Jerry Marotta has drummed for some of the biggest names in rock in the ‘70s and ‘80s, including Cher, Stevie Nicks, Carly Simon, and Marshall Crenshaw. That was his kinetic kit driving the memorable Orleans chart hit “Still the One” and laying the grooves beneath Hall & Oates’ Voices smashes “You Make My Dreams” and “Kiss On My List.”
But Marotta also contributed stellar stick work to the first four solo records by Peter Gabriel: Those are Jerry’s bass kicks, snare hits, and flams decorating such now-familiar fare as “DIY,” “Games Without Frontiers,” “Biko,” and “Shock the Monkey.”
Nicknamed Car (1977), Scratch (1978), Melt (1980), and Security (1983), Gabriel’s groundbreaking early releases not only distanced the singer from his previous work with Genesis (Nursery Cryme, Foxtrot, The Lamb Lies Down on Broadway, etc.) but prepped both him and his audience for the more expansive, exotic sonic palettes of the multiplatinum efforts So (1986) and Us (1992).
Now Marotta is resurrecting some of that old material for concert stages everywhere with The Security Project. Joined by renowned Warr guitarist Trey Gunn [King Crimson, Steven Wilson, Puscifer], keyboardist / Eighenharpist David Jameson [Time Machine, Beyond the Wall], and guitarist Michael Cozzi [Shriekback, Shakespears Sister, Sky Cries Mary], Marotta has recaptured some of that old magic on the new album Contact.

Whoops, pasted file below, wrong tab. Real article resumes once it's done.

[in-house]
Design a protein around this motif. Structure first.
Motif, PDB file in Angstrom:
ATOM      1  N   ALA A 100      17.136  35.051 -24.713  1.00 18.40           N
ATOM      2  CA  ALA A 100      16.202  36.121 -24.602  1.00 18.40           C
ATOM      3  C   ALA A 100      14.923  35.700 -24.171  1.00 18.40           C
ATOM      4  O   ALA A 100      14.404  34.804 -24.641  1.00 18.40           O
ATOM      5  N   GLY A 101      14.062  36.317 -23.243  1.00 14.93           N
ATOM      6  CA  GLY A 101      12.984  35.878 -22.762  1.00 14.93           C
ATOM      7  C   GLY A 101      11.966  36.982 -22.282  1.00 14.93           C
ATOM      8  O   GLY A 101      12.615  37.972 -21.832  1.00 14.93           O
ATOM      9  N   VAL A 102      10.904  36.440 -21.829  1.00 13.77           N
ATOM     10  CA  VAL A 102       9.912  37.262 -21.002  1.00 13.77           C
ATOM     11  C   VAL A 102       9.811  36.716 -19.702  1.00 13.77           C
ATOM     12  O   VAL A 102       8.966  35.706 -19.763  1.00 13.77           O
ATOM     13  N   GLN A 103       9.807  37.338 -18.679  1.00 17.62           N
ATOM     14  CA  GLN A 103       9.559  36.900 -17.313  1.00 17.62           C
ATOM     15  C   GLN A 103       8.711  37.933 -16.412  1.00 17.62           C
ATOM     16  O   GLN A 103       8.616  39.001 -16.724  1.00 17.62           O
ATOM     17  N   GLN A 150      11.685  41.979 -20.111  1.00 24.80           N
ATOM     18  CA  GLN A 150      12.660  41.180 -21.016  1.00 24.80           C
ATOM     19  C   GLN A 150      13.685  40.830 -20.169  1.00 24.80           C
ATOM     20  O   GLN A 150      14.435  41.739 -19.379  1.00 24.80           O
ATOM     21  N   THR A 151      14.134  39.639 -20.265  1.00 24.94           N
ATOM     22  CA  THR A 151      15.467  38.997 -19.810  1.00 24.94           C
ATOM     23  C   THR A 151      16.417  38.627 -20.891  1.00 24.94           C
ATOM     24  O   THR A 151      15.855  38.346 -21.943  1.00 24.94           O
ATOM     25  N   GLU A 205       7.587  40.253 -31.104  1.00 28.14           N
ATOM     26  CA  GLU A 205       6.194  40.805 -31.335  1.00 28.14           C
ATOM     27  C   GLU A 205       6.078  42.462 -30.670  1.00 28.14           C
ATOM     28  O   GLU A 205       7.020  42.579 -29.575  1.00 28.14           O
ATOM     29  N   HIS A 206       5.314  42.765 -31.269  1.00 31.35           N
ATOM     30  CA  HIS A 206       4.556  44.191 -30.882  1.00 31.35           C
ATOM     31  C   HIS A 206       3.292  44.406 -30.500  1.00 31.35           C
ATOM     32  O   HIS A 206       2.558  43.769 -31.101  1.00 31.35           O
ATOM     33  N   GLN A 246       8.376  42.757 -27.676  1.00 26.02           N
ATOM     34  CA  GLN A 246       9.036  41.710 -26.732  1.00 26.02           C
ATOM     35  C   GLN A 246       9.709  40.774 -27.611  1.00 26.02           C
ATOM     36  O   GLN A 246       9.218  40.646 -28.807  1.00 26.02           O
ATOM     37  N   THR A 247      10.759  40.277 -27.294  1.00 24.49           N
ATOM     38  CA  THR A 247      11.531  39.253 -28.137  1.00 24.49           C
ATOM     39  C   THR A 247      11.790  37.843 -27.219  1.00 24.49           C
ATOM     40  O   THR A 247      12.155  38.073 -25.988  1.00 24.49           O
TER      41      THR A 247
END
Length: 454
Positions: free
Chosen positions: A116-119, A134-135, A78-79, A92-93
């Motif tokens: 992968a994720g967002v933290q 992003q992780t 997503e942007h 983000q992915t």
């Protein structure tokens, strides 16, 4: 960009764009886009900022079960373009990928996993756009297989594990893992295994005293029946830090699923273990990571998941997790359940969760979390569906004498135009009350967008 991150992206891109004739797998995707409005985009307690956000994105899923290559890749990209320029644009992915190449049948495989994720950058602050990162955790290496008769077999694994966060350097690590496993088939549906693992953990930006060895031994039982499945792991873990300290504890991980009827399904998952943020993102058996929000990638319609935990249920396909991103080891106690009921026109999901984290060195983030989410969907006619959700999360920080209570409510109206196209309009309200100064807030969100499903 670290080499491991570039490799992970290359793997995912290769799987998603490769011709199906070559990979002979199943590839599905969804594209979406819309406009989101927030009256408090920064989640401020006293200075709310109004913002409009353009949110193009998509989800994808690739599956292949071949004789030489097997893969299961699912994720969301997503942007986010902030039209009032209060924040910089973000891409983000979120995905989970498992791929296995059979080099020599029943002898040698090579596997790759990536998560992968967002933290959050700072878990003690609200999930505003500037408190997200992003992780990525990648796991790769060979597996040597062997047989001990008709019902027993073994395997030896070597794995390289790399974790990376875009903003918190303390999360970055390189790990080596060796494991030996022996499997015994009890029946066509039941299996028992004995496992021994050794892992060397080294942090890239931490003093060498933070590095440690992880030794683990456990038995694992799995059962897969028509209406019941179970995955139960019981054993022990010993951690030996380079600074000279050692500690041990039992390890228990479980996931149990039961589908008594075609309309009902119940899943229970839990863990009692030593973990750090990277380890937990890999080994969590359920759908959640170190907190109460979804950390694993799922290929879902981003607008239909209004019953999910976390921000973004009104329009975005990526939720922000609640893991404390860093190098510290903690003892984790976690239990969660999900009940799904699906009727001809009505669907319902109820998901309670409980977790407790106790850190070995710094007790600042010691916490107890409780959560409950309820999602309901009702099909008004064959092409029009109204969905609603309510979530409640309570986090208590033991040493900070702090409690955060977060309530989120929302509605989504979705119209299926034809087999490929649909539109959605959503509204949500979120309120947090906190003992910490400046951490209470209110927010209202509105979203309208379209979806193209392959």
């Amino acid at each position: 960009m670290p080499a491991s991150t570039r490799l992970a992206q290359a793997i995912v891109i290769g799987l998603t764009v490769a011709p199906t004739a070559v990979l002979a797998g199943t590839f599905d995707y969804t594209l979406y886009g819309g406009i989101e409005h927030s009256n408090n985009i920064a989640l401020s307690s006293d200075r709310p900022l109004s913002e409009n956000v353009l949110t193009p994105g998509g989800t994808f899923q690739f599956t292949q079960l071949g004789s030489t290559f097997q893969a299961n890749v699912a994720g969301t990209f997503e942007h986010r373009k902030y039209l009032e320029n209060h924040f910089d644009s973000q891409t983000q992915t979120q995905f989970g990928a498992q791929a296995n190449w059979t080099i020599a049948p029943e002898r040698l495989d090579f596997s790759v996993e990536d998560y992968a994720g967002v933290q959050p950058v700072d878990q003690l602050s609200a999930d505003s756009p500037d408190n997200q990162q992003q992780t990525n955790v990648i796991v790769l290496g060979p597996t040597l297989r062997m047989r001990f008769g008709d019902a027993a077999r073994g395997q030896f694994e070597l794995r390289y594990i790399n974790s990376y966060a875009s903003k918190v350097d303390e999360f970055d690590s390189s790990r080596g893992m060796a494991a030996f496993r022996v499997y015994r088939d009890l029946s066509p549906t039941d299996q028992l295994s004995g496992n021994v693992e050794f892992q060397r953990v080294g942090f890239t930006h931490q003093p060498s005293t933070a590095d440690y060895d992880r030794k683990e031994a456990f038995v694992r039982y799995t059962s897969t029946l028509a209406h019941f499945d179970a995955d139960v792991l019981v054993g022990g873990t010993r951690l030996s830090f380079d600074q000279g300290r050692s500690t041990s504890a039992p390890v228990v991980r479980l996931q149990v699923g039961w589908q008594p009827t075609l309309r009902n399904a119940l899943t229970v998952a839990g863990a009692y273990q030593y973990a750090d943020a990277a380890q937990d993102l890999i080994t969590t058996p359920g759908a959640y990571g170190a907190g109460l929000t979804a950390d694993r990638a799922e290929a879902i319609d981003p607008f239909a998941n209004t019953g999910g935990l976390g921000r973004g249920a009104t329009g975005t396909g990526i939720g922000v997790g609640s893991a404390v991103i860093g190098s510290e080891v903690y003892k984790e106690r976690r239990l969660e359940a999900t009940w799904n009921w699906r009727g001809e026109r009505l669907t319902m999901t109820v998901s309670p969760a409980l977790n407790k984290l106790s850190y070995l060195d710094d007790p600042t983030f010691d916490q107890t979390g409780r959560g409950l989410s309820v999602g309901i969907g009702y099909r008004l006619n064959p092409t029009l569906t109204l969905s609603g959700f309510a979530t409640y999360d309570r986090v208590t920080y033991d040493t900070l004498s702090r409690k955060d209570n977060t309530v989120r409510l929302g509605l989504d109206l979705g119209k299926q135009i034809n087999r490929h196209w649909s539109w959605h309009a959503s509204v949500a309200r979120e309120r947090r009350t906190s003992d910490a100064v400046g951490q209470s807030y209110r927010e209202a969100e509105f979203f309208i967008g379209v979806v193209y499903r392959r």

We spoke with the Dreamland Studios drummer earlier this week about his tenure with Gabriel, the challenges of covering the classic Peter repertoire, and the differences between traditional “tribute” band and The Security Project.
AXS: Hello, Jerry! How are you?
JERRY MAROTTA: I’m good, man! How are you?
AXS: Thanks for talking with us. We’re looking forward to catching The Security Project here in Cleveland.
JM: I’m looking forward to it, too.
AXS: So how did the band start out? You formed the group five or six years ago, and the name suggests it was done in homage to Security, on the 30th anniversary of that album.